So although some may be talking about the possibility of the economy going into a triple-dip recession, that will ignore the fact that the economy has been basically flat for about two-and-a-half years.

The answer may not be to call it a depression, but something is needed to get the narrative beyond the obsession with tiny bits of growth or contraction every three months.

The experts quoted in this article were all attending the World Economic Forum in Davos, Switzerland.

 

More on This Story

The BBC is not responsible for the content of external Internet sites

Comments

This entry is now closed for comments

Jump to comments pagination
 
  • rate this
    +10

    Comment number 84.

    What does the government expect when wages are so low, the costs of public transport to get to/from work the highest in the world, the costs of rents going through the roof, cost of living rises which bare no relation to "official" inflation rates.
    Interest rates so low keep housing high and people's savings earning very little so less money "earned".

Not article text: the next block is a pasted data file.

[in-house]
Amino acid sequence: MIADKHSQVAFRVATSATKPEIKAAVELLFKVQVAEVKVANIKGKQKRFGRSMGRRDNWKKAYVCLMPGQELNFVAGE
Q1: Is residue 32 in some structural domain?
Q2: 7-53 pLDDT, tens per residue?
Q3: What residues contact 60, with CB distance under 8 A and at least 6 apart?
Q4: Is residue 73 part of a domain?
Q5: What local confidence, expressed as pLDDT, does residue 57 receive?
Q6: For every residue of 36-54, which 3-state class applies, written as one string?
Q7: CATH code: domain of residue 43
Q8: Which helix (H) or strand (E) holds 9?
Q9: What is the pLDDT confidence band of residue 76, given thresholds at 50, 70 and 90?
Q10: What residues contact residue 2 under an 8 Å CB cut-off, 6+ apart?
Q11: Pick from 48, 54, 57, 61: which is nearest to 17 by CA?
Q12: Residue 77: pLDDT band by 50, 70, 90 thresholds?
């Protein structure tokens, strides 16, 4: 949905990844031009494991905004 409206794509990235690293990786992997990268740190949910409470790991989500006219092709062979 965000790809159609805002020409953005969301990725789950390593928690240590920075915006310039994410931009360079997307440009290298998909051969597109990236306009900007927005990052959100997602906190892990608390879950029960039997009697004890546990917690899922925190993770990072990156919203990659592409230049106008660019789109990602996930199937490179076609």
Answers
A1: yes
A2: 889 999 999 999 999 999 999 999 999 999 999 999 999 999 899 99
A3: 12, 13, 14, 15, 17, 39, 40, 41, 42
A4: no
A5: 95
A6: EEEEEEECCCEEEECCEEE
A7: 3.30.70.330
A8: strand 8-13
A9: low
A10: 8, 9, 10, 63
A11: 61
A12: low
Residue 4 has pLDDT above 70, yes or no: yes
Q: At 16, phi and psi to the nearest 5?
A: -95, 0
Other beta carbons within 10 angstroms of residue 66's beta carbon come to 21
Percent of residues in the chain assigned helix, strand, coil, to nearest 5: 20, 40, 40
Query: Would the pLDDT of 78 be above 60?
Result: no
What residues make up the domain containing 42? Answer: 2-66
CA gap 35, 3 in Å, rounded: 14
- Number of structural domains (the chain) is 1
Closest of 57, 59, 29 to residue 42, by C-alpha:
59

There might be jobs but mostly very low wages

  • Comment number 83.

    This comment was removed because the moderators found it broke the house rules. Explain.

  • rate this
    +2

    Comment number 82.

    48.Colin Bartlett
    "I thought it was about 'clinical depression' as apposed to 'The Great Depression'"
    Needless to say, with my bad eyes I read that as "cynical depression". Perhaps I am unintentionally nearer the mark than you!

  • rate this
    +2

    Comment number 81.

    54.Eddy from Waring
    Not sure if this is what you mean, but in the 70's /80's I had a feeling that if things went really bad, I could still rely on myself, take control of my destiny, start from scratch and build something up. Somehow I doubt in this world of global monopoly an individual still has the strongest safety net of all: yourself.

  • rate this
    -4

    Comment number 80.

    I blame global warming.

  • rate this
    +4

    Comment number 79.

    Does it really make that much difference to your average person whether the economy goes up by 0.1% or down by 0.1% in a given quarter?

    No doubt the politicians will make mileage of it either way, to make the figures support their particular message. Unfortunately however, the complex range of factors influencing economic performance are usually overlooked in favour of a trite soundbite.

  • rate this
    +2

    Comment number 78.